The bookmarklets do this by:
- Making otherwise hidden accessibility features on web pages (like ARIA landmarks, roles, labels and descriptions and alternative text for non-text objects) more visible
- Showing whether HTML markup (like lists, headings, label elements, and appropriate landmark roles) is used with proper semantics for accessibility
- Flagging elements or regions on web pages where information that could improve accessibility (like elements not contained in landmarks, image alt text or long descriptions, list accessible names.
- LogFocus – handy Bookmarklet for Keyboard Accessibility testing
Offering usability for Users without Mouse is one of the biggest and most important Steps when building accessible Websites. While testing for Keyboard Accessibility you might find yourself very often in Situations like “Where is my Cursor?” or “What Element has the Focus right now?”. Especially when Elements get moved offscreen things might end up confusing. To install the Bookmarklet simply drag the following Link into your Bookmarks.
here you can run it on every Page by simply clicking on it.
Firefocus is a simple Firebug extension that tracks the element that currently has focus. Its primary purpose is to assist the debugging of advanced keyboard implementations without having to rely on platform specific tools such as MSAA Inspect.
- Favelets For The Validator
- Diagnostic.css Bookmarklet
What it Tests For
- Deprecated elements
- Deprecated and/ or presentational attributes
- Inline frames without title attributes
- Server-side image maps
- Images without alt attributes
- .Image buttons without alt attributes
- Image Map area elements without alt attributes
- Items with an img role without aria labels
- Images without a valid src attribute
- Links without a valid hypertext reference
- Fieldsets without legends
- Label elements without for attributes
- Invalid dir attribute values
- Empty TITLE elements
- Implicit headings
- Meta refresh
- Missing lang attribute on the HTML element
- Use of accesskey attributes
- Empty table header cells
- Web Evaluation Tools Bookmarklet by NC State University
This set of tools allows you to check for several aspects of Web accessibility that other tools do not. It is not designed to replace any other tools, but rather to supplement them. This set of tools will allow you to:
- View page headings, including hidden label text
- View ARIA Landmarks, plus any accompanying aria-label or aria-labelledby text
- View internal links, both their source and their target ◦If the target link does not have an explicit tabindex value set, an asterisk will appear next to the link count and the target link will indicate it as well
- View any tabindex values
- View any ARIA roles (other than landmarks) and ARIA attributes
- Force the visual keyboard focus to always be seen (useful for keyboard testing.
- View any language attributes and what parts of the page they apply to.
- Nu Markup Validation Service Bookmarklets by The Paciello Group
This is the basic “Validate Page” Bookmarklet. It simply submits the URL for the currently viewed page to the Nu Markup Validation Service for processing. Results appear in the same window.Validate Page (New Window)Like the last Bookmarklet, this also submits the URL of the current page to the Nu Markup Validation Service for processing, but this version will show the results in a new window (tab).Validate Page…Puts up a dialog with a text entry field where you can type in the URL of a page you would like to Validate. The results appear in the current window.Validate Page… (New Window)Same as above but shows results in a new window (tab).
- Bookmarklets for accessibility testing by Zomigi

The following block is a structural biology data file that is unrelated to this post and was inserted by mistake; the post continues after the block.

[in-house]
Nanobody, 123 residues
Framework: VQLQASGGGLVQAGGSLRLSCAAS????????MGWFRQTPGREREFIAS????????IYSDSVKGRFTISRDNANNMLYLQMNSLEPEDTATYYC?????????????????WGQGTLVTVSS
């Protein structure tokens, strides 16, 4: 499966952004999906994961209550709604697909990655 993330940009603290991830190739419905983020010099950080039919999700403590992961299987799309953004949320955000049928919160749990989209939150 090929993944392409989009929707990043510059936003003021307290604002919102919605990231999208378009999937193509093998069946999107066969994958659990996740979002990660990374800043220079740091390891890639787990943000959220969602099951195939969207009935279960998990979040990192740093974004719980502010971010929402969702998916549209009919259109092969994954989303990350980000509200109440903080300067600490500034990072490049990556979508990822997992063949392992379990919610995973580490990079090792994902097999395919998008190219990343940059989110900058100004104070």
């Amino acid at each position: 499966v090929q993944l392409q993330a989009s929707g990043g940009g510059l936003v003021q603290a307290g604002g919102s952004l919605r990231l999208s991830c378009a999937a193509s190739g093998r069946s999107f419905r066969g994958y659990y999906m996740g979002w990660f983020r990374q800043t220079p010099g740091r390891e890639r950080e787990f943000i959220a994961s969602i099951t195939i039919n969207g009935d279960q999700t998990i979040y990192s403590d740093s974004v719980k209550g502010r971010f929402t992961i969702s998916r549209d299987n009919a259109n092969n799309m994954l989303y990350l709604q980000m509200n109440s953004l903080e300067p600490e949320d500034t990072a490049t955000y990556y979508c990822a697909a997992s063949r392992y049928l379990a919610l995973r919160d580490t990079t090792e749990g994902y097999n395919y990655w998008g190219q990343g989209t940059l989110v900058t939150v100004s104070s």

Zomigi created two simple bookmarklets to reveal whether CSS background images are being used in an inaccessible way on a page. Use them yourself, or help me learn how to improve them.
- Paul J Adam Bookmarklets
Paul J Adam accessibility Evangelist has created a set of bookmarklets that will help identify few accessibility bugs easily. These bookmarklets also work great on mobile web with both Chrome & Firefox.
- tota11y – an accessibility visualization toolkit
The process of testing for accessibility (a11y) is often tedious and confusing. In many cases, developers must have some prior accessibility knowledge in order to make sense of the results.
Instead, tota11y aims to reduce this barrier of entry by helping visualize accessibility violations (and successes), while educating on best practices.
Pronounced « Alix ». Because it’s fun.
This CSS file intends to warn developers about possible risks and mistakes that exist in HTML code. It can also be used to roughly evaluate a site’s quality by simply including it as an external stylesheet.If you want to get involved in this project, be sure to take a look at its wiki.
- Find aria-hidden with this bookmarklet by Ted Drake
- CSS Bookmarklets by Adrian Roselli
- The visual ARIA Bookmarklet
ATbar has been created as an open-source, cross-browser toolbar to help users customise the way they view and interact with web pages. The concept behind ATbar is simple: One toolbar to provide all of the functionality you would usually achieve through the use of different settings or products.
- ARIA Label Bookmarklet
I love simple bookmarklets that visualize coding patterns. I was working on a project today and wanted to verify that aria-labels were sufficiently descriptive. So I put together this quick bookmarklet.
- Neutered Link Bookmarklet
This bookmarklet will place a big red border around links that do not include an href attribute. Simply drag the link to your browser’s bookmark bar and then click it when you want to test a page. It will draw a red border around any links that do not have an href attribute.
- Accessibility Bookmarklets
A curated list of accessibility bookmarklets by Ted Drake
- Complex Table Inspector
Developers are encouraged to use summary, headers, axis, scope, and abbr for complex data tables to aid usability and accessibility. To help developers determine if they’ve used those features correctly, I’ve created a complex table inspector bookmark that reveals the hidden information.
- Touch Bookmarklet
Simulate touch events (swipe, rotate, pinch) with a mouse, for fun and profit.